Time off for a workplace injury is more common than you might think. According to the Bureau of Labor Statistics, South Carolina saw 29,100 workplace injuries and illnesses in 2020, of which 19,400 required time off or restrictions on job duties. Many of these employees likely requested workers’ compensation for their resulting time off and medical expenses.
Few people want to rush their return to work while recovering from an injury, especially if it slows down their healing process. If your employer wants you back at work too soon after your injury, knowing the laws around workers’ compensation can help you get the time you need for recovery.
Understanding Workers’ Compensation in South Carolina
If you’re injured at work, South Carolina law allows you to be compensated for medical treatment, permanent disability and lost wages caused by your injury. These benefits are called workers’ compensation.
Under South Carolina law, you must tell your employer about the injury within 90 days and visit a physician selected by your employer to qualify for workers’ compensation. The only exception is in the case of a medical emergency, in which case you can seek emergency treatment on your own.
Your employer isn’t obligated to cover the cost of visits to your regular doctor or any other physicians you have been referred to. While you are allowed to ask to see another doctor, your employer can say no.
Refusing medical treatment from the doctor your employer selected can make you ineligible for workers’ compensation. If you have strong reasons to want another doctor, you can request a hearing from the Workers’ Compensation Commission to appeal the decision.
How Long Does Workers’ Compensation Last?
According to the South Carolina Workers’ Compensation Commission, you can receive workers’ compensation without any restrictions until you are able to return to work at full capacity. This means the length of your workers’ comp depends on the seriousness of your injury and how long it takes to heal.
Workers’ comp doesn’t always end just because you returned to work. If you have restrictions on what you can do per your assigned doctor, you are still eligible for workers’ comp until these restrictions are lifted.
However, workers’ comp also isn’t indefinite. South Carolina law states workers’ comp will not pay benefits past 340 weeks (roughly six-and-a-half years) if your injury allows you to carry out light work, or 500 weeks (just over nine-and-a-half years) if your injury leaves you completely unable to work, with the exception of people who suffered permanent paralysis or brain injuries.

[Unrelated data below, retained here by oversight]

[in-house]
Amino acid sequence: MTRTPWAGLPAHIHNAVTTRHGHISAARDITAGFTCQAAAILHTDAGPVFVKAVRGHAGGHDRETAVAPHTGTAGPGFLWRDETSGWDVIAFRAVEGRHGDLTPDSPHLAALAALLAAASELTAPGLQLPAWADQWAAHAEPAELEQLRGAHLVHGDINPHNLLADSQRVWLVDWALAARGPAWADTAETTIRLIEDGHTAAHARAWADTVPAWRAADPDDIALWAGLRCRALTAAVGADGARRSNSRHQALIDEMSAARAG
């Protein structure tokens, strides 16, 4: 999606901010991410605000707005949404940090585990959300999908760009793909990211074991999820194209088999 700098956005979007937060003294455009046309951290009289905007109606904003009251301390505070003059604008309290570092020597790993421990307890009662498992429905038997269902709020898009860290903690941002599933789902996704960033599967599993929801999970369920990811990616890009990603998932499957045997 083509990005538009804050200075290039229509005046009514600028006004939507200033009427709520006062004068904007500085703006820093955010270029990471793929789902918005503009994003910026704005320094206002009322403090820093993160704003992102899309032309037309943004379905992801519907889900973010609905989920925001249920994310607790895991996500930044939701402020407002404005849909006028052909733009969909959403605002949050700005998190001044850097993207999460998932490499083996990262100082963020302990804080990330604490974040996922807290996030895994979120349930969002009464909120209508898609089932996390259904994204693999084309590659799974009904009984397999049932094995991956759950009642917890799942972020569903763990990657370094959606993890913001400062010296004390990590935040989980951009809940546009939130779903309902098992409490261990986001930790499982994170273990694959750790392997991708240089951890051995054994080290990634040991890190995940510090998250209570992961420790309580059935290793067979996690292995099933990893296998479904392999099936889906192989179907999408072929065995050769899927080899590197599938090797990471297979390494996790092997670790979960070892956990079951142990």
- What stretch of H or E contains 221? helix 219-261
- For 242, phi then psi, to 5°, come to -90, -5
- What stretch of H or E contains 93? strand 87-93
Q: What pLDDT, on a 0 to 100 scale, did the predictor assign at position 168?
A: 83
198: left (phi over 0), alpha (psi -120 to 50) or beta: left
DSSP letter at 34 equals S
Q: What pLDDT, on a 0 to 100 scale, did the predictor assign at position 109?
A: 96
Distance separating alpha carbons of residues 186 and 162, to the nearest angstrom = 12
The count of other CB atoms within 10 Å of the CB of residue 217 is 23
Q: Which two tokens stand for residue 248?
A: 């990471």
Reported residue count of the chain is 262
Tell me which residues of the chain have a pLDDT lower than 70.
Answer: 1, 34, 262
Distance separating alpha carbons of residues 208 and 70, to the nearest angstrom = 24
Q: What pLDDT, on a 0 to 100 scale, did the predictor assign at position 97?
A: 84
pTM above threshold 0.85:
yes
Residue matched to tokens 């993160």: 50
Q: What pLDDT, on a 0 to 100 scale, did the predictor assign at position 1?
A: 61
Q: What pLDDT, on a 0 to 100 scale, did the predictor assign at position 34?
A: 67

What to Do if You’re Cleared for “Light Duty Work”
Depending on your job and injury, your physician may say that you can work with restrictions or perform light duty work. Light duty typically refers to less demanding work, physically and mentally, than your regular job.
Since light duty work means you are working with restrictions, you are still eligible for workers’ compensation as long as you return to work when cleared to do so. However, if you don’t return to work, your employer can legally stop paying workers’ comp under SC Code § 42-9-190.
For example, say you work in an office. One day you slip and fall, injuring your knee. The examining physician determines that you can carry out normal desk work but cannot perform duties that require heavy lifting. You must return to work to receive workers’ comp.
What to Do if You Don’t Think You’re Ready
Sometimes your employer’s physician may not recognize you’re not ready to go back to work, or worse, push you to go back before you’re fully healed. If you believe your physician has given you clearance too early or has cleared you for tasks you can’t carry out, request a hearing from the Workers’ Compensation Commission.
The experienced Columbia, SC workers’ compensation lawyers at Joye Law Firm can walk you through the process, argue your case at the hearing, and ensure you receive the compensation and time you need.
Contact Joye Law Firm today to schedule a free initial consultation regarding your case. We can stand up for your rights and give you the time you need to heal from a workplace injury.